This week contrary to my other weeks the focus is on speed endurance. I will perform 1min sprints every 4mins on the bike for my 1hr rides during the week. The fastest way to improve cardiovascular endurance for any activity is high intensity interval training or sprints as proven by Dr.Izumi Tabata in his famous 1996 study. Basically it has been shown that sprints or interval training can improve lung capacity and overall uptake of oxygen by the cells, i.e. respiration, to a greater degree than moderate or low intensity cardiovascular or aerobic exercise if duration for 2 forms of exercise is the same. Basically you get more bang for your buck with interval training. To add on another benefit, it has been shown that high intensity interval training or HIIT is a muscle sparing form of cardiovascular exercise, whereas moderate intensity exercise tends to push the body into wasting muscle that is not necessary to maintain given power output. To put this simply your body does not need huge arms to lift a moderate weight 1000 times, but make the weight so heavy your body can barely lift it once and the try and force it to lift it as many times as it can in one minute and the body must grow bigger arms. HIIT training bares the same principles as the heavy weight the body can not sustain maximum effort for extended durations, so when you push it to the absolute max rest it and push it again the body has to learn to adapt at a much faster rate.

      Okay so I bet now you’re asking why I waited to week 3 to start HIIT training on my bike if it’s such a superior method of training, well to put it simply I would probably have died. My body wasn’t prepared to even ride the bike, let alone push it to the max, so this would have been simply more stress than my body could adapt to in such a short time. That’s why week 1 centers around merely introducing new stimuli. Week 2 is about making slight improvements. Week 3 is about taking my first big leap. To exemplify that I will shoot for a 40-50mile ride on my weekend ride in this week.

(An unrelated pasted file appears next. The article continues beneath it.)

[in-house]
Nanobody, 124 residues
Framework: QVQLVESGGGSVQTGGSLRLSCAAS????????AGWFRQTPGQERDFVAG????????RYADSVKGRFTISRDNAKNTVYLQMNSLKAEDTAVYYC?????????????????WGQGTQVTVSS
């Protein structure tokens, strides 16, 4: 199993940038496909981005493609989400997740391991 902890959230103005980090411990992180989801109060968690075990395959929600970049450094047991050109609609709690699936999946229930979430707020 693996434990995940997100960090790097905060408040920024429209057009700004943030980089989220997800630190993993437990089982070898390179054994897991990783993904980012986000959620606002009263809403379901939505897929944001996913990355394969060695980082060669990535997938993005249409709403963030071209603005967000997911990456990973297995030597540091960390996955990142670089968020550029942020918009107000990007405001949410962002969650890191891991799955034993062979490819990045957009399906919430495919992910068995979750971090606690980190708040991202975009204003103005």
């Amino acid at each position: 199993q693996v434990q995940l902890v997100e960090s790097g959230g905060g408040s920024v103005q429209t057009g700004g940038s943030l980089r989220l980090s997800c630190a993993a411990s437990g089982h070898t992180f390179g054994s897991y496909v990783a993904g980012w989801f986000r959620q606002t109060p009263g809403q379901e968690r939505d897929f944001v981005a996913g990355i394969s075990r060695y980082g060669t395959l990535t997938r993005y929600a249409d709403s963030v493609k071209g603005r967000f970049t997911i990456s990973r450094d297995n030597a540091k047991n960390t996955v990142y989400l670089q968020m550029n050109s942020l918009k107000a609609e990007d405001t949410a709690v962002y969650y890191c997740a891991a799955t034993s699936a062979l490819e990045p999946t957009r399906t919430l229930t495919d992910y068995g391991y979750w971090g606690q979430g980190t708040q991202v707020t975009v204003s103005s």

Week 4

     Week 4 will be much like week 5 except I will try and structure the week so that I get in all my rides and still have 2 days to rest everything before we start the big trek. That’s right no on the bike training 2 days prior to beginning the journey. This is for 2 reasons, one I can not really get any fitter in those 2 days and 2 my body will need the rest. What I will do is some off the bike training and recovery work. Probably get a deep tissue massage the Wednesday night or Thursday morning before we head off.

 

Off The Bike Training

     Off the bike I will continue my weight training, but add in squat session 4x a week to strengthen my legs and keep my hips mobile. I will also be adding in heavy hip extension work, variations on the deadlift, kettle bell swing, hip thrust and bridges; these exercises will combat the extended time in flexion caused by the bike. Being on a bike cause you to round your spine as you lean forward and pedal simultaneously. This shortens the hamstrings and hip flexors while lengthening the spinal erectors, both in the neck and lower back. These changes in structure can lead to back pain, trap and neck pain as well as headaches.

 

      So I will also be continually doing stretches like the ones seen above each night to work on my thoracic extension. This involves loosening the hip flexors and stretching and releasing both the pecs and lats. One thing to remember is that all of your muscles act on your spinal column so if you ever have back pain, there is a muscular component to your pain. Find the muscle or muscle systems linked to that area of the back where you have pain and I guarantee you, you will find some relief. Hint most of these muscles lie far for the actual spine (check out diagram below).

Muscle Systems For Body Movement


Diagram Showing Muscle Systems Acting On Back and Posture

 

Sources

 

  1. Effects of moderate-intensity endurance and high-intensity intermittent training on anaerobic capacity and VO2max. Tabata I1,Nishimura K, Kouzaki M, Hirai Y, Ogita F, Miyachi M, Yamamoto K.
  2. Skeletal muscle buffering capacity and endurance performance after high-intensity interval training by well-trained cyclists. Adèle R. Weston, K. H. Myburgh, F. H. Lindsay, Steven C. Dennis, Timothy D. Noakes, J. A. Hawley.
  3. Cineradiographic study of spine during cycling: effects of changing the pedal unit position on the dorso-lumbar spine angle. Fanucci E1,Masala S, Fasoli F, Cammarata R, Squillaci E, Simonetti G